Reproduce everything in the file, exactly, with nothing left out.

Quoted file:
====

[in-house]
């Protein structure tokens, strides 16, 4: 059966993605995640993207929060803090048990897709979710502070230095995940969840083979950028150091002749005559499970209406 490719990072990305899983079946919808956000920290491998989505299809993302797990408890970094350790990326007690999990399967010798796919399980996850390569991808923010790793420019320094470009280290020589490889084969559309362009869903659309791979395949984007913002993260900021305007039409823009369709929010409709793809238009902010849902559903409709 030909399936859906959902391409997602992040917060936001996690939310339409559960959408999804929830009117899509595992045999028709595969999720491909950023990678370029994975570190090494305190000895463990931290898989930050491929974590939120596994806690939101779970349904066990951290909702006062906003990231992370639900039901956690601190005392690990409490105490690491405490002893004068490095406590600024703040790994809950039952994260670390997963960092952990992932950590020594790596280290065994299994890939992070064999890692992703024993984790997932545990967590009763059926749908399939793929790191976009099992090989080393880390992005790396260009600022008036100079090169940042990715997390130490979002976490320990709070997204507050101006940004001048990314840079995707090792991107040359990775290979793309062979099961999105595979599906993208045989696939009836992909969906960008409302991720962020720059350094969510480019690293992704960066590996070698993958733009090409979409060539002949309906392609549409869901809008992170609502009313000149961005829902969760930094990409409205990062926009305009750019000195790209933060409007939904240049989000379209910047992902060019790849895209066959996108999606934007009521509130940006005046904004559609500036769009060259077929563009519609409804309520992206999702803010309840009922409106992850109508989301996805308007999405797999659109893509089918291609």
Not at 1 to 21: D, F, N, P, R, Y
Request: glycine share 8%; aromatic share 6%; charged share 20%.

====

[in-house]
């Protein structure tokens, strides 16, 4: 059966993605995640993207929060803090048990897709979710502070230095995940969840083979950028150091002749005559499970209406 490719990072990305899983079946919808956000920290491998989505299809993302797990408890970094350790990326007690999990399967010798796919399980996850390569991808923010790793420019320094470009280290020589490889084969559309362009869903659309791979395949984007913002993260900021305007039409823009369709929010409709793809238009902010849902559903409709 030909399936859906959902391409997602992040917060936001996690939310339409559960959408999804929830009117899509595992045999028709595969999720491909950023990678370029994975570190090494305190000895463990931290898989930050491929974590939120596994806690939101779970349904066990951290909702006062906003990231992370639900039901956690601190005392690990409490105490690491405490002893004068490095406590600024703040790994809950039952994260670390997963960092952990992932950590020594790596280290065994299994890939992070064999890692992703024993984790997932545990967590009763059926749908399939793929790191976009099992090989080393880390992005790396260009600022008036100079090169940042990715997390130490979002976490320990709070997204507050101006940004001048990314840079995707090792991107040359990775290979793309062979099961999105595979599906993208045989696939009836992909969906960008409302991720962020720059350094969510480019690293992704960066590996070698993958733009090409979409060539002949309906392609549409869901809008992170609502009313000149961005829902969760930094990409409205990062926009305009750019000195790209933060409007939904240049989000379209910047992902060019790849895209066959996108999606934007009521509130940006005046904004559609500036769009060259077929563009519609409804309520992206999702803010309840009922409106992850109508989301996805308007999405797999659109893509089918291609």
Not at 1 to 21: D, F, N, P, R, Y
Request: glycine share 8%; aromatic share 6%; charged share 20%.